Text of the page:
Page Banner

United States Department of Agriculture

Agricultural Research Service

Research Project: DEVELOPMENT OF ALTERNATIVE PRACTICES FOR IMPROVED WATERSHED MANAGEMENT Title: Herbicide transport trends in Goodwater Creek experimental watershed II: acetochlor, alachlor, metolachlor, and metribuzin

Authors
item Lerch, Robert
item Sadler, Edward
item Baffaut, Claire
item Kitchen, Newell
item Sudduth, Kenneth

Submitted to: Journal of the American Water Resources Association
Publication Type: Peer Reviewed Journal
Publication Acceptance Date: October 12, 2010
Publication Date: December 6, 2010
Citation: Lerch, R.N., Sadler, E.J., Baffaut, C., Kitchen, N.R., Sudduth, K.A. 2010. Herbicide transport trends in Goodwater Creek experimental watershed II: acetochlor, alachlor, metolachlor, and metribuzin. Journal of the American Water Resources Association. 47(2):224-238.

Interpretive Summary: Farmers in the Midwestern United States continue to be reliant on soil-applied herbicides for weed control in row crop production, and herbicide contamination of surface waters. Runoff-prone watersheds remain an environmental problem. The primary objective of this study was to analyze trends in concentration and mass of acetochlor, alachlor, metolachlor, and metribuzin in Goodwater Creek Experimental Watershed (GCEW) from 1992 to 2006. These herbicides are mainly used for weed control in corn and soybean. A secondary objective was to document the effects of best management practices (BMPs) implemented within GCEW over the last 15 years on trends in herbicide transport. Changes in herbicide use were the main reason for observed changes in herbicide concentration. For instance, alachlor use decreased 74 percent from 1992 to 2006, resulting in major decreases in alachlor concentration over the last six years of the study. Smaller decreases in metolachlor and metribuzin use also decreased concentrations, but much less than that observed for alachlor. Acetochlor use in GCEW began in 1995, and by 2000 it was the second or third most heavily used herbicide in the watershed. Accordingly, acetochlor concentrations steadily increased from 1998 to 2006. The mass of these herbicides transported to the stream was generally related to the amount of stream flow in the second quarter of the year when these herbicides were applied to fields. This indicated that the timing of spring runoff events was the key factor controlling annual variation in herbicide mass transported to the stream. Yearly, from 0.2 percent to 3.7 percent of the herbicides applied within GCEW were lost from the outlet, with metolachlor having the highest loss and alachlor the lowest. Losses of metolachlor and atrazine (see the companion report on atrazine) at the watershed scale suggested that farmers in the watershed typically did not incorporate these soil-applied herbicides. Despite extensive education and outreach efforts in the watershed, conservation best management practices (BMPs) within GCEW were mainly implemented to control erosion, rather than reduce herbicide transport. Thus, these BMPs had no discernable impact on reducing herbicide transport. Overall, changes in herbicide use and second quarter stream flow had the greatest effect on trends in concentration and annual mass transport.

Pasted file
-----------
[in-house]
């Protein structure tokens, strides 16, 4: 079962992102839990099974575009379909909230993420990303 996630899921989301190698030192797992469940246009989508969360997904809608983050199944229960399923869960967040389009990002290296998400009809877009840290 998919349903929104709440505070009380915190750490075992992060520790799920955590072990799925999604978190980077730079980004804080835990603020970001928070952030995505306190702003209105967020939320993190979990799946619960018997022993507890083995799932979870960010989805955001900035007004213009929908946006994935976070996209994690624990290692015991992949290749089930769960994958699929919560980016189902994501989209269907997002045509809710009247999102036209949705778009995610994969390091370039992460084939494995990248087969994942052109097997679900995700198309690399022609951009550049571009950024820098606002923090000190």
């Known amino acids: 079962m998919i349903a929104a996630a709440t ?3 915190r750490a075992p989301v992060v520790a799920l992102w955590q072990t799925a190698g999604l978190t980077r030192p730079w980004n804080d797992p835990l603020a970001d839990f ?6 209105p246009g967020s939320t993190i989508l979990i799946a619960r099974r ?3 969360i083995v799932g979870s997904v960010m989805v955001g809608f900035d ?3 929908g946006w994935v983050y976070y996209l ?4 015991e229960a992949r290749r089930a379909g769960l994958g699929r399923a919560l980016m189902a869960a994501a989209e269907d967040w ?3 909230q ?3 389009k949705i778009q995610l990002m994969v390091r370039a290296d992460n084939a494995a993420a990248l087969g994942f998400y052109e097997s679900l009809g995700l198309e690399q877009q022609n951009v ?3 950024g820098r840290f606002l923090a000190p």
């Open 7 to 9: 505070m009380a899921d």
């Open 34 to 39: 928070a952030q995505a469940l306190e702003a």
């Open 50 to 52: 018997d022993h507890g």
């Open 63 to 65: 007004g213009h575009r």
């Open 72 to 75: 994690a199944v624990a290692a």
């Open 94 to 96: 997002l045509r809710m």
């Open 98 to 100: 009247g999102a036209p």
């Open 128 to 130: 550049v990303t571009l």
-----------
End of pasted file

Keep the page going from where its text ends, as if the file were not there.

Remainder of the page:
Technical Abstract: Farmers in the Midwestern United States continue to be reliant on soil-applied herbicides for weed control in row crop production, and herbicide contamination of surface waters. Runoff-prone watersheds remain an environmental problem. The primary objective of this study was to analyze trends in concentration and load of acetochlor, alachlor, metolachlor, and metribuzin in Goodwater Creek Experimental Watershed (GCEW) from 1992 to 2006. A secondary objective was to document the effects of best management practices (BMPs) implemented within GCEW over the last 15 years on trends in herbicide transport. The major decrease in alachlor use and increase in acetochlor use caused shifts in flow-weighted concentrations that were observed over the entire concentration range. The smaller decrease in metolachlor use led to a consistent decreasing time trend only for the upper end of the concentration distribution. Metribuzin also showed moderate decreases in concentration with time, especially since 1998. Annual loads were generally correlated to second quarter discharge, indicating that the timing of spring runoff events was the key factor controlling annual variation in herbicide load. Median relative herbicide loads, as a percent of applied, were 3.7% for metolachlor, 1.3% for metribuzin, 0.36% for acetochlor, and 0.18% for alachlor. Areal losses rates of atrazine and metolachlor at the watershed scale (on a treated area basis) suggested that farmers in the watershed typically did not incorporate these soil-applied herbicides. Despite extensive education and outreach efforts in the watershed, conservation BMPs within GCEW were mainly implemented to control erosion, rather than reduce herbicide transport. Thus, these BMPs had no discernable impact on reducing herbicide transport in GCEW. Overall, changes in herbicide use and second quarter discharge had the greatest effect on trends in flow-weighted concentration and annual load.

Last Modified: 10/20/2014
Footer Content Back to Top of Page